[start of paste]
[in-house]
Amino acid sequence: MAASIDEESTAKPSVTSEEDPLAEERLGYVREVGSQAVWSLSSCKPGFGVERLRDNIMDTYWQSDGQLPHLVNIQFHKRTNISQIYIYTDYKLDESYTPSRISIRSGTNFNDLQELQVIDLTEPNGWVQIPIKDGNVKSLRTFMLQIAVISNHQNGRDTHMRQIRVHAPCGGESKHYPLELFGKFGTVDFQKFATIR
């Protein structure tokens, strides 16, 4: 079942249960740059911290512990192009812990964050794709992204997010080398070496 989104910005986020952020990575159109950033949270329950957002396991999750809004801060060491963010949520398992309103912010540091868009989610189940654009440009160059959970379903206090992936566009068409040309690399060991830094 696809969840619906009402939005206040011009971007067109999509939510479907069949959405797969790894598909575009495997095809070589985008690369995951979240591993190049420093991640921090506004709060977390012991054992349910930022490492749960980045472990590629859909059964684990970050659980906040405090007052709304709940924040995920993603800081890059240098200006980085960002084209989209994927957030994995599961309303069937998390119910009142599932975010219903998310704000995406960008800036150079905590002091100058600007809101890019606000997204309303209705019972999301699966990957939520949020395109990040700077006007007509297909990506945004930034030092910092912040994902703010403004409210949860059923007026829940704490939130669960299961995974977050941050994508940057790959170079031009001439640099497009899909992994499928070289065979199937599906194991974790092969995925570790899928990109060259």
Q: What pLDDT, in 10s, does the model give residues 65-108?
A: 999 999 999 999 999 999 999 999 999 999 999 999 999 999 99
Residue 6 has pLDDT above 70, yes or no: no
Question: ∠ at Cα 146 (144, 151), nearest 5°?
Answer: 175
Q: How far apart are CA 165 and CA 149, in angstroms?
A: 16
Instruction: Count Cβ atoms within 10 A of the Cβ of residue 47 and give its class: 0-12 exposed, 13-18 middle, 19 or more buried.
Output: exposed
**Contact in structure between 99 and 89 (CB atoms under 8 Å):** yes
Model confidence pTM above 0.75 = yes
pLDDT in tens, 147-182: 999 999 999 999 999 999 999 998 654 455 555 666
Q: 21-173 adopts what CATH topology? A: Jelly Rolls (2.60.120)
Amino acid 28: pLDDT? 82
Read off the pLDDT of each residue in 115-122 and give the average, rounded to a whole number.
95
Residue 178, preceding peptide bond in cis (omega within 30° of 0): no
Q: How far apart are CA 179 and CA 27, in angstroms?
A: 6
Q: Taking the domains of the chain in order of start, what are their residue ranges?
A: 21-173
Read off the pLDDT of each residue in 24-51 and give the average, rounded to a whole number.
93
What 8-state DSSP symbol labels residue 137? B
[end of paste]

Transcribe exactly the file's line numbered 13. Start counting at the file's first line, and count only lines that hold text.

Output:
**Contact in structure between 99 and 89 (CB atoms under 8 Å):** yes